the company: chemistry, engineering, finance, human resources, information technology, marketing or business management. Each student will receive a $5,000 internship stipend, $2,000 housing and transportation and will be eligible for a $10,000 scholarship.  The deadline to apply for the Summer 2001 Coca-Cola Corporate Intern Program is Feb. 16, 2001.  For more information go to or call the UNCF at 1-800-331-2244. Applications go to: The College Fund and Coca-Cola Corporate Intern Program, 8260 Willow Oaks Corporate Drive, P.O. Box 10444, Fairfax, VA 22031-4511, ATTN: Jamil Fletcher.

                  The Divide and HBCUs

This is a very informative and useful article about the "Divide
and HBCUs." It's written by Dr. Eugene Jones, who serves as Co-Project Manager for the Tennessee State University-AOL Foundation HBCU Digital Divide Project. Go to

         The Seventh National African American
               Student Leadership Conference

The Seventh National African American Student Leadership
Conference will be held on the campus of historically Black Rust College located in Holly Springs, Mississippi. The Conference is designed to address issues of "progressive African American leadership models," past and present. Issues involving the struggles of Black students on predominantly white campuses, shaping mass movements, connecting with Africa and building African American student organizations, as well as Black female and male relationships. The theme of the 2001 Conference is "Connecting Progressive African Minds For Effective Leadership: A Continuing Legacy." Dr. Jawanza Kunjufu, author of the Black Student College Survival Guide and 14 other books will be a keynote speaker, along with Dick Gregory, Dr. Frances Cress Welsing and  Dr. Lee Jones. The conference is scheduled to start at 8:30 a.m. on Friday, January 12, 2001 and end late Saturday, January 13, 2001. The contact person is Dr. A.J. Stovall, the Conference Coordinator.  Telephone 662-551-4095 Ext. 4311 or Fax 662-252-6107. E-mail:

                  Summer 2001 Internships
           For African American Art Students

The Walters Art Gallery in Maryland is offering summer internships to four college students or recent graduates. Funded by The Walters' African American Steering Committee, this program provides $3500 for each intern for the 9-week period from June 11 to August 10, 2001. The interns may work in one or more divisions of the museum. The Walters seeks applications with majors in art history, art education, communications, business, arts administration, museum education or museum studies. Prospective interns should have completed their junior year. Excellent research and writing skills are required.  Applicants must submit a letter explaining their objectives, a resume, an official transcript and two academic letters of recommendation. The application deadline is February 16, 2001. Mail to: John Shields, c/o Manager of Internship Programs/The Walters Art Gallery/600 N. Charles Street/Baltimore, Maryland 21201. For more call (410) 547-9000, ext. 235 or e-mail:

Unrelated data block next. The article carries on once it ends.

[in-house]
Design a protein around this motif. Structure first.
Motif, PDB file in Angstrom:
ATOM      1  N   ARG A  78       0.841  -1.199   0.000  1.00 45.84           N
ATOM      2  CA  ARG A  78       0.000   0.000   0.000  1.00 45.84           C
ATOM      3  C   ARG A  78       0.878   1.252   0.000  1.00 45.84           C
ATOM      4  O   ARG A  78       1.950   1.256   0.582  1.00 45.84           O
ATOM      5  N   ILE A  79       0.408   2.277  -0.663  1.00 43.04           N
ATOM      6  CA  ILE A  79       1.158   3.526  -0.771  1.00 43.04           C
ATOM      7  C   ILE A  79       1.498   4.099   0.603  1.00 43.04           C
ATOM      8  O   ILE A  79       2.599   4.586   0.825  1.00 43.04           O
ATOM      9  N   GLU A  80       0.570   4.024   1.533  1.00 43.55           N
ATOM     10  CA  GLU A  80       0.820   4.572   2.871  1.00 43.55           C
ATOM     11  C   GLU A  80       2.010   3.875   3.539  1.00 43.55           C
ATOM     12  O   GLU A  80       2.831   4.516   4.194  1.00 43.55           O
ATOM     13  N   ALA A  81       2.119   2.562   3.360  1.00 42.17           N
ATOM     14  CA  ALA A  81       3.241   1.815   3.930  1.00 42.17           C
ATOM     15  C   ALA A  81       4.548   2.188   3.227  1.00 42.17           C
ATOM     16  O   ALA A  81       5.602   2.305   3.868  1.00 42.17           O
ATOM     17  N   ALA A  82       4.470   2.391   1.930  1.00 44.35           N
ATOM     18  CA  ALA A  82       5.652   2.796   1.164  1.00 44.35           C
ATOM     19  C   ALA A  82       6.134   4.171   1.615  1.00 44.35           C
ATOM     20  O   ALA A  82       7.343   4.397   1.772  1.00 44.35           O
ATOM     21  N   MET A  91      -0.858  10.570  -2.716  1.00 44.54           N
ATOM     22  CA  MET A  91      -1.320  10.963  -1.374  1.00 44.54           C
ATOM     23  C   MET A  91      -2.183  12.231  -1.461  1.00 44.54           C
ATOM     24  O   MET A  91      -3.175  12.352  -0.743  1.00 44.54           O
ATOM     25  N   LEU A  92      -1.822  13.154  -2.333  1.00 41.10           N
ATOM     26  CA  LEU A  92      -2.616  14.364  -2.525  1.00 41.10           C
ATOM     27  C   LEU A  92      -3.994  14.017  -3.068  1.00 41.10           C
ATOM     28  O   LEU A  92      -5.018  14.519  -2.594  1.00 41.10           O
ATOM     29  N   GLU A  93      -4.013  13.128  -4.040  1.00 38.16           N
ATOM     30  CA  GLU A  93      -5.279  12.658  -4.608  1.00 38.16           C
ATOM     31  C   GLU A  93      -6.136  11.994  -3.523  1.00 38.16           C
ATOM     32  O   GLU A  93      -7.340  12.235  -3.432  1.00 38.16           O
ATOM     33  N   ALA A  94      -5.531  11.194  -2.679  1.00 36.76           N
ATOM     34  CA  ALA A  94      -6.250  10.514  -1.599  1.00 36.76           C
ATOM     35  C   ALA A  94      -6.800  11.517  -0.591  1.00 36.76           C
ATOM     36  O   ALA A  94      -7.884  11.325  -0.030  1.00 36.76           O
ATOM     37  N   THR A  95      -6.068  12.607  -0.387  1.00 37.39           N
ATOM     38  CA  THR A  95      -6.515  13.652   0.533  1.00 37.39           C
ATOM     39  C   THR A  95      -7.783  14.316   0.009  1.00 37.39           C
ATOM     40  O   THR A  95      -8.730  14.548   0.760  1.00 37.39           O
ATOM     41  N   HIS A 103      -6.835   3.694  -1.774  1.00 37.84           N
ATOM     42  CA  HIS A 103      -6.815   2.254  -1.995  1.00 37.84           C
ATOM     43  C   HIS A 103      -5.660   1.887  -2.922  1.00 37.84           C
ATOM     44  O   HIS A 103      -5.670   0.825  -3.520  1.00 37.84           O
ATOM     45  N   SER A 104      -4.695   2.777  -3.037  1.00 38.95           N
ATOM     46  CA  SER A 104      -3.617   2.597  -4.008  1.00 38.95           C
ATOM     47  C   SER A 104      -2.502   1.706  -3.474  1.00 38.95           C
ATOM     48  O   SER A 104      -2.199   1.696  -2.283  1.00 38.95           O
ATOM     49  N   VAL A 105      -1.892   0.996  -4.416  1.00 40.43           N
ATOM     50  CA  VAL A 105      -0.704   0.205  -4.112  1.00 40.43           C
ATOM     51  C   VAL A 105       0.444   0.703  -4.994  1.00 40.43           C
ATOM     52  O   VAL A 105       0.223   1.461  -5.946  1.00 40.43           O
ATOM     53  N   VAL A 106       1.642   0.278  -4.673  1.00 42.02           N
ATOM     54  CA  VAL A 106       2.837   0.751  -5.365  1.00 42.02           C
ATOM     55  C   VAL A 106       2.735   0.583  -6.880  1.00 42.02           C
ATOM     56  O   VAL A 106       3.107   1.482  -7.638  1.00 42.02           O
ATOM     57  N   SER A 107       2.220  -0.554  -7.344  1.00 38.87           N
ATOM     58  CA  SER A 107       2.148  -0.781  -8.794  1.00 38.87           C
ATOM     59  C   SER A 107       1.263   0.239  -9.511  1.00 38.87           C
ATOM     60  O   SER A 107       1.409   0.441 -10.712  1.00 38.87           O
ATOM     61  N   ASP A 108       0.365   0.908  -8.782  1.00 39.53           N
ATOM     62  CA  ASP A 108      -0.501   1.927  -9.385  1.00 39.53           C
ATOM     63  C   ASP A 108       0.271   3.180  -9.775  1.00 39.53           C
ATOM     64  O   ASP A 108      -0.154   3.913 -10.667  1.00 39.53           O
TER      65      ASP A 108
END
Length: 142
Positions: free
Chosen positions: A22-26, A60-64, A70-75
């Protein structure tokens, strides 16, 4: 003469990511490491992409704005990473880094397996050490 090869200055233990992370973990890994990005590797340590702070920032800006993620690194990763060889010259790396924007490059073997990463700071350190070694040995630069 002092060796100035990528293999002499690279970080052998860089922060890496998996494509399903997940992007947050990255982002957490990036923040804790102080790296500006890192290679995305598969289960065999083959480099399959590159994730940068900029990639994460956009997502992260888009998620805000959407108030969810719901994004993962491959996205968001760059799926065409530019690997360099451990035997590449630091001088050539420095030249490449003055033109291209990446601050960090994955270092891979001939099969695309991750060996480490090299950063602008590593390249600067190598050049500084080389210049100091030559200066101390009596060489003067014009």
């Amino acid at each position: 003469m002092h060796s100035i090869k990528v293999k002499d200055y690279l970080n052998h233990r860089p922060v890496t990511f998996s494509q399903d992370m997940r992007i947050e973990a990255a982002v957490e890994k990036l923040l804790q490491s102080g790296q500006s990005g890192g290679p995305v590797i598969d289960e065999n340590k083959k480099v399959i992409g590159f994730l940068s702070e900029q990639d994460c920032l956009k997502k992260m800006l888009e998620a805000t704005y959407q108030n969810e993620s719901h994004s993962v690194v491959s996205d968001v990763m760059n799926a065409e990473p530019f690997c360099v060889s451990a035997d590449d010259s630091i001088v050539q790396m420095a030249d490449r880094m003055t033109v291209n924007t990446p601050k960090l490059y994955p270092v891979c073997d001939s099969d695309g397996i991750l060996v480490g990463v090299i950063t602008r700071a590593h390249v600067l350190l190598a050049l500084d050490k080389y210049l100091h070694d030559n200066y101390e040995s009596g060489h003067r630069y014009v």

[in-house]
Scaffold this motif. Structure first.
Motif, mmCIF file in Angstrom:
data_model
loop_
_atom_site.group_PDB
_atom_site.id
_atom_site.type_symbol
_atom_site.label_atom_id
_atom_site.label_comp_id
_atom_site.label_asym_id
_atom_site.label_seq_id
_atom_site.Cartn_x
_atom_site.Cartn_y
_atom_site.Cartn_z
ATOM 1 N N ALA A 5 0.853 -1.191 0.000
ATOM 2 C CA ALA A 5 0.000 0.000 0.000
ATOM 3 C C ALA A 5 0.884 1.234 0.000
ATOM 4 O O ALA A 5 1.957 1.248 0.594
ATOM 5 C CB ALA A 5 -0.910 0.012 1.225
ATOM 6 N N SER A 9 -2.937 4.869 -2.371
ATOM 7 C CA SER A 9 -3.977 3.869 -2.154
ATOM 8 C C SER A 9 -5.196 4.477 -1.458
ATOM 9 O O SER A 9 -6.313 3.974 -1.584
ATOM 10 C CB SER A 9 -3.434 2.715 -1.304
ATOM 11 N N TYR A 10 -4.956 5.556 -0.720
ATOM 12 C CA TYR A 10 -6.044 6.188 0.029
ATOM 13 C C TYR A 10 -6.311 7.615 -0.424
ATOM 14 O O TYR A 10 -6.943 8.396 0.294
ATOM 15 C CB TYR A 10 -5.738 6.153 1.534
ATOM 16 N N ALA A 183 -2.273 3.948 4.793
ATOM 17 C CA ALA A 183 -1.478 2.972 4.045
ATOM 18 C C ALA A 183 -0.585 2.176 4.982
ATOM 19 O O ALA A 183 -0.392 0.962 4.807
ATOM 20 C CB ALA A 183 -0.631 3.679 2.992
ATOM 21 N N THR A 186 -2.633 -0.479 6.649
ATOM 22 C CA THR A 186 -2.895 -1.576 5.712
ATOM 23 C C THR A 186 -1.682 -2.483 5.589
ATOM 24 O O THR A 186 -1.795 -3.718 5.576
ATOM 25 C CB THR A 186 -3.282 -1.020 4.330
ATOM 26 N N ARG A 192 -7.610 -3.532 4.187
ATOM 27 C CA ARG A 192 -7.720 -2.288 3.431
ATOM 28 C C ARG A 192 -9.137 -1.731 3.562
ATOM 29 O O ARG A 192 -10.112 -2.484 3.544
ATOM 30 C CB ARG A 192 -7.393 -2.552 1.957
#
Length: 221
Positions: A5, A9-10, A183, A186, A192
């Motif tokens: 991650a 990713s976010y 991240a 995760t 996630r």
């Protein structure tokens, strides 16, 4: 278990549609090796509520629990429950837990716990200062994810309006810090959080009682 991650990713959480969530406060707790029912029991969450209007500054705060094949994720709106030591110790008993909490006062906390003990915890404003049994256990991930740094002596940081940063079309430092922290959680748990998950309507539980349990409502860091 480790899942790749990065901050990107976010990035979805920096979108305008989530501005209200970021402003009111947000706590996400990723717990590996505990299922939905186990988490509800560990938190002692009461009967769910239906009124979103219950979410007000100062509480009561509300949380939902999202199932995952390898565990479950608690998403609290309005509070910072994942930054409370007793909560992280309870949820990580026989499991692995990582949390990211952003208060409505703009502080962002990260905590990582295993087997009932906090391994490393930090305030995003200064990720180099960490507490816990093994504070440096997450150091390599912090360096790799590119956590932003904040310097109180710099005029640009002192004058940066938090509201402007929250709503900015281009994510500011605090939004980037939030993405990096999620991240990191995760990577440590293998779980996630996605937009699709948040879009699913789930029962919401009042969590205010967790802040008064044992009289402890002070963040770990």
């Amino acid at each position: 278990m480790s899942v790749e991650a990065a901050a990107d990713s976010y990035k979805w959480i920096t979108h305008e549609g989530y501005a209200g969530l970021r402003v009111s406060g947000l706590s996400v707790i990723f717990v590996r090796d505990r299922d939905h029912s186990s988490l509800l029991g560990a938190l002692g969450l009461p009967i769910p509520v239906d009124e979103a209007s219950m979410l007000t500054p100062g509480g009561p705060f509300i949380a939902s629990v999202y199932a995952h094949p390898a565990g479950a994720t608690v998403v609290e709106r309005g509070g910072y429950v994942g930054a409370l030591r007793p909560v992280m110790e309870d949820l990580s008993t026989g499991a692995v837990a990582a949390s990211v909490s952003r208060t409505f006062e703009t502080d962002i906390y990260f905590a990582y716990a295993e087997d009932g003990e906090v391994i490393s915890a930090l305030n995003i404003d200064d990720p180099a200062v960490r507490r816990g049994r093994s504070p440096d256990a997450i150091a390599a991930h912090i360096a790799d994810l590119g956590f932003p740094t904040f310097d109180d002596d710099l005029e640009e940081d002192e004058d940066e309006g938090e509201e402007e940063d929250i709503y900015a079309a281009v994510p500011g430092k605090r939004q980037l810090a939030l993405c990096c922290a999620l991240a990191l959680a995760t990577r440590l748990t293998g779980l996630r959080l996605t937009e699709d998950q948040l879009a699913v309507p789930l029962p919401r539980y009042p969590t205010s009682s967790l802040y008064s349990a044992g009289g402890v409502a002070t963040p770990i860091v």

Fourth Annual Regional
                    HBCU Summit on Retention

This "Summit on Retention" will be held March, 15-17, 2001 at the Sheraton Fountainbleu Hotel/Ocean City, Maryland.  The Summit will address the problem of retention of African-American students in colleges and universities, celebrate successful retention programs in higher education and propose action plans to increase the staying power of African-American students. The Summit will address the concerns of educators, (including college and university presidents), college students and others. Sponsors include half a dozen HBCU colleges in Maryland, including Coppin, U. Maryland and Morgan State University.  For additional information, contact: Dr. Diann R. Showell at the U, of Maryland at Eastern Shore via voicemail at 410-651-6456. Fax: 410-651-6322/or E-mail:

       Top Universities Graduate Black Students
                   (But National Rates Low)

In an article published by on December 28, 2000, it was mentioned that Harvard has the best retention rate for African-American students in the US.  It was also noted that highly ranked schools such as Vassar, Princeton, Amherst and Williams stood at about 90 percent. The reference point was a recent study by the Journal of Blacks in Higher Education, which has addressed the issue of "graduation rates"in the past.  One study found that two thirds of all African-American students entering 22 Historically Black Colleges and Universities did not go on to earn a diploma. A lot of the "issues" involving this discussion--such as economic pressure--have been touched on by the JBHE. Check out the Spring 1999 issue for an overview.  Spelman (at 73%) has the highest graduation of the HBCUs. You can reach the JBHE at (212) 399-1973.

The Black Excel African American Student's College Guide, is now on sale at for $15.95. This book will have rallying impact on our aspiring college students. -Isaac Black, Black Excel Founder and author